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Saturday, October 13, 2012

How to "Grow" Clean Air

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The New York Times published a story earlier this month regarding how common houseplants can purify the air of chemicals like benzene and formaldehyde.

This claim is based on NASA research performed in the 1980s when the agency was trying to figure out ways to keep the air quality as clean as possible within enclosed habitats (like a space station).

Of course, you can read the 27 page report... or read a mom-friendly book that summarizes the findings in an easy-to-understand language from Amazon.com.

The book reviews 50 common houseplants' ability to clean the air inside the home or office. Depending on the plant, chemicals that can be removed include benzene, formaldehyde, xylene, toulene, trichlorethylene, chloroform, ammonia, acetone, and alcohols. Such chemicals are emitted from electronics, drywall, adhesives, upholstery, carpet, paint, cosmetics, etc.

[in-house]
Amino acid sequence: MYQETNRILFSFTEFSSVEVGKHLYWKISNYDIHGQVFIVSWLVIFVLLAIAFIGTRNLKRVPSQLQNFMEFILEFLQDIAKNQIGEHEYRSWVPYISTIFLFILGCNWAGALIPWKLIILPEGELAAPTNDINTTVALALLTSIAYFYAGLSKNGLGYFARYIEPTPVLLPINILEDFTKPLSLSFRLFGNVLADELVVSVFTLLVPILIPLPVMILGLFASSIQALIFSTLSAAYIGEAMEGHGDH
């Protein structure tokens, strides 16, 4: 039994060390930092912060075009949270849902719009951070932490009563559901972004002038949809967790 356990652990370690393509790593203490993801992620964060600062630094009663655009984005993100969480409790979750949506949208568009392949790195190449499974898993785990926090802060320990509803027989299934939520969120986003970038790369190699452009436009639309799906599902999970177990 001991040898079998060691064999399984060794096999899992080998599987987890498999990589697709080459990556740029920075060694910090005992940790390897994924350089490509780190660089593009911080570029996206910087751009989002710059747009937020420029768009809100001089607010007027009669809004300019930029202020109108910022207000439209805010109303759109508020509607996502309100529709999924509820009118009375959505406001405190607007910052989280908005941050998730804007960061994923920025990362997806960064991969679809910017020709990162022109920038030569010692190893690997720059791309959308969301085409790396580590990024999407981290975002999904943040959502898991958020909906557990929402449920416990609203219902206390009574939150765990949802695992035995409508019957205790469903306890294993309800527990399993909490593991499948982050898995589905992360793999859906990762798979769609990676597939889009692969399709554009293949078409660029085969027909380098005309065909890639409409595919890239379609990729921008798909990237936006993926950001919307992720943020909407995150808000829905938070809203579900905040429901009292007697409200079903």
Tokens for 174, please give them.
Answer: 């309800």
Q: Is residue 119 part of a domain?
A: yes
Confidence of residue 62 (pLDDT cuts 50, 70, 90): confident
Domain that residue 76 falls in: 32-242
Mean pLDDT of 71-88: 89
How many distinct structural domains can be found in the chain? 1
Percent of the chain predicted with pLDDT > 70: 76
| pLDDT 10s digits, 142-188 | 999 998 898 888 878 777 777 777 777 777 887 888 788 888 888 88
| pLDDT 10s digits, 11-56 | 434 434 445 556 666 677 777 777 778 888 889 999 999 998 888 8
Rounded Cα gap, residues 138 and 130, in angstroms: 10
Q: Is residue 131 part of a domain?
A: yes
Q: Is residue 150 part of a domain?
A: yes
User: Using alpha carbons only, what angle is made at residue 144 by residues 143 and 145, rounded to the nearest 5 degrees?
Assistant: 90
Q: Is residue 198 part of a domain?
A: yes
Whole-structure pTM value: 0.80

It is suspected that such chemicals may be the cause of "sick building syndrome" that induces symptoms of upper respiratory irritation, fatigue, headache, and congestion when afflicted individuals enter certain buildings.

My personal favorite plants are the fern and peace lilly, both which have a high rate of chemical vapor removal, easy to grow and maintain, and fairly resistant to insect infestation. Does the job and easy to care for.


Now before running to the nearest greenhouse and buying numerous plants to keep inside the home, consider that though such plants remove chemicals from the air, the plants themselves may exacerbate allergies in sensitive individuals.

Why? Plants can increase dust (accumulated on the leaves) and mold allergens (in the soil).



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